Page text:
Storage seemed to be something “best left to the Storage guys” – I’m not quite convinced that’s the best message to use in order to break technology silos down. Again, I think many Windows admins ( myself included ) had very little exposure to storage design and technologies pre virtualisation , thankfully with the new breed of Storage Technology that’s hitting the market its is a lot easier for Average Joe Admin to provision some storage for his infrastructure , be it VMware , or Microsoft based.

If you’d like to sign up to take part in the jumpstart , then head over to https://msevents.microsoft.com/CUI/WebCastEventDetails.aspx?EventID=1032479939&EventCategory=2&culture=en-US&CountryCode=US

 

I believe recordings of the sessions are going to be available at the Microsoft Virtual Academy http://www.microsoftvirtualacademy.com/

The slide decks and recording are also available at : http://borntolearn.mslearn.net/hyper/m/hypercrmar2011/default.aspx

 

I look forward to Days 2 & 3 – if you’d like to join the conversation during the jumpstart , search for the hashtag #msjumpstart

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As a virtualisation professional , there seems an almost limitless choice of 3rd party software you can bolt into your environment. While VMware covers many of the bases with its own product lines in capacity planning , lifecycle management & reporting , some of them are missing a feature or two , or just too complex for your environment. Many vendors seek to address this problem with a multi product offering , but so far, I’ve only come across a single vendor who aim to address issues like these with a single product.

I spoke with Jason Cowie & Colin Jack from Embotics a few months ago , but was only able to secure a product demo last week – In some ways I wish I’d waited until the next release as it sounds like its going to be packed with some interesting features. I don’t really like blogging about what is “coming up in the next version” , so will be concentrating on what you can get today ( or in a couple of cases the minor release due any time ). This isn’t something specifically levelled at the Embotics guys who are most likely internally submersed in the “vnext” code so to them it is the current product.As an architect ,I’m just as guilty of evangelising about features of a product that is several months away form a deployment. Many vendors do the same to whip up interest around the product ( hyper-v R2 is a great example of this ) , but it doesn’t really show a level playing field to compare a roadmap item with an item that’s on the shelves today. When the 4.0 version of V-Commander is released , I look forward to seeing all of the mentioned features for myself !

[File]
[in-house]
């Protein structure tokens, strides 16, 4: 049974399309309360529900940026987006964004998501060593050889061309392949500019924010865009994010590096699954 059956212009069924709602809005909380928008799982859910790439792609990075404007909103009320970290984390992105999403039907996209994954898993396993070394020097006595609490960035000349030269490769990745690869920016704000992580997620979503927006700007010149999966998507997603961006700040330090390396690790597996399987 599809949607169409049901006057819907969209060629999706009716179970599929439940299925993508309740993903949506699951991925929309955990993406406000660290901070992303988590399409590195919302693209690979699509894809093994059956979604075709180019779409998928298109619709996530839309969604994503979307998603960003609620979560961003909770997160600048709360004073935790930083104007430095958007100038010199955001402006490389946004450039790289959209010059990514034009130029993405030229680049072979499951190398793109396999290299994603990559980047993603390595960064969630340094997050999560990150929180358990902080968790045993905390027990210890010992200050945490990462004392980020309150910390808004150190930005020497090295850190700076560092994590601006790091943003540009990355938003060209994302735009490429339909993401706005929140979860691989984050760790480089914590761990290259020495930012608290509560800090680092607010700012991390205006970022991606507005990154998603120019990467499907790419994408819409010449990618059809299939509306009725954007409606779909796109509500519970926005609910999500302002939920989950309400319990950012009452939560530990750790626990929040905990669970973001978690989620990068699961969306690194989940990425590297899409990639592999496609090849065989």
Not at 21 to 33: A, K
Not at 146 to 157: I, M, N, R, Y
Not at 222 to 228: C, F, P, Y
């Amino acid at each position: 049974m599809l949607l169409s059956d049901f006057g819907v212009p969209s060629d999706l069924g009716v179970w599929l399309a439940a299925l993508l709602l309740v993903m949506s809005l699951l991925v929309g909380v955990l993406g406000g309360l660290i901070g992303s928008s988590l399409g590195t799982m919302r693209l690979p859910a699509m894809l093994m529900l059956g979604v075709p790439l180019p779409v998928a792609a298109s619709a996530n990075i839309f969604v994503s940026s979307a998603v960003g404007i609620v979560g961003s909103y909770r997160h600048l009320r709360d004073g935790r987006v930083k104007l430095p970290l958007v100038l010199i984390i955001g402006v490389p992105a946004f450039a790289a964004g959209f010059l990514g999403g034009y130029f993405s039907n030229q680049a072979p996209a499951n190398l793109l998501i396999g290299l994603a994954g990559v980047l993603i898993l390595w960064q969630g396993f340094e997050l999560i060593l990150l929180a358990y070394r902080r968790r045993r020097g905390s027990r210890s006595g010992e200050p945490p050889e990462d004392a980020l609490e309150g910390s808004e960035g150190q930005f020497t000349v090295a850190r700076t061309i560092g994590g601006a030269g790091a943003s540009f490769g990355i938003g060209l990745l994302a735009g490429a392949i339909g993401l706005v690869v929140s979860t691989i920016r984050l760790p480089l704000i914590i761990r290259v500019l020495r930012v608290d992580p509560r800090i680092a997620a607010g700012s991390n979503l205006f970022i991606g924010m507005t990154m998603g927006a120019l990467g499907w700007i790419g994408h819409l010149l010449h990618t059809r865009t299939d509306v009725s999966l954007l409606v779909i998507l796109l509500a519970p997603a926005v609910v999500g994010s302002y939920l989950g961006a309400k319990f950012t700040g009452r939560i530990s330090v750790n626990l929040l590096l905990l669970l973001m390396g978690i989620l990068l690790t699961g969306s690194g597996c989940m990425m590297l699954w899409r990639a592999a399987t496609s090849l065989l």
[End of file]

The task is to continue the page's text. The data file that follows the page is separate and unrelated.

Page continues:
So What is it ?

The Website really does define the V-Commander product as being all things to all men , that is to say if those men are into Virtualisation management ! They show how the Product can be used to help with : Capacity Management , Change Management , Chargeback and IT Costing , Configuration Management , Lifecycle Management , Performance Management and Self Service.

That’s a lot of strings to its bow – and certainly enough to make you wonder if its a jack of all trades, master of none type product. After a good look at the offering , I can safely say that’s not the case , but its defiantly stronger in some of those fields than others.

The “Secret Sauce” of the V-Commander product is its policy engine. Policies drive almost every facet of the product and they are what allows it to be as flexible as it is. Once connected to one or more vCenters , it will start gathering information right away. This is what they refer to as “0-Day Analysis” , For a large environment , the information gathering cycle for some capacity management products can take quite some time ( I’ve seen up to 36 Hours) as the appliance tries to pull some pretty granular information from vCenter. I wasn’t able to run the Embotics product against a large environment to see if this is the case.However, I have it from the Embotics guys  as an example, that to pull the information for 30 months of operation for a vCenter with 1200 machines took a couple of hours ;to me this is more than acceptable.The headline report that Embotics shows off as being a fast one to generate is one showing the number of deployed VM’s over time , which is a handy way of illustrating potential sprawl.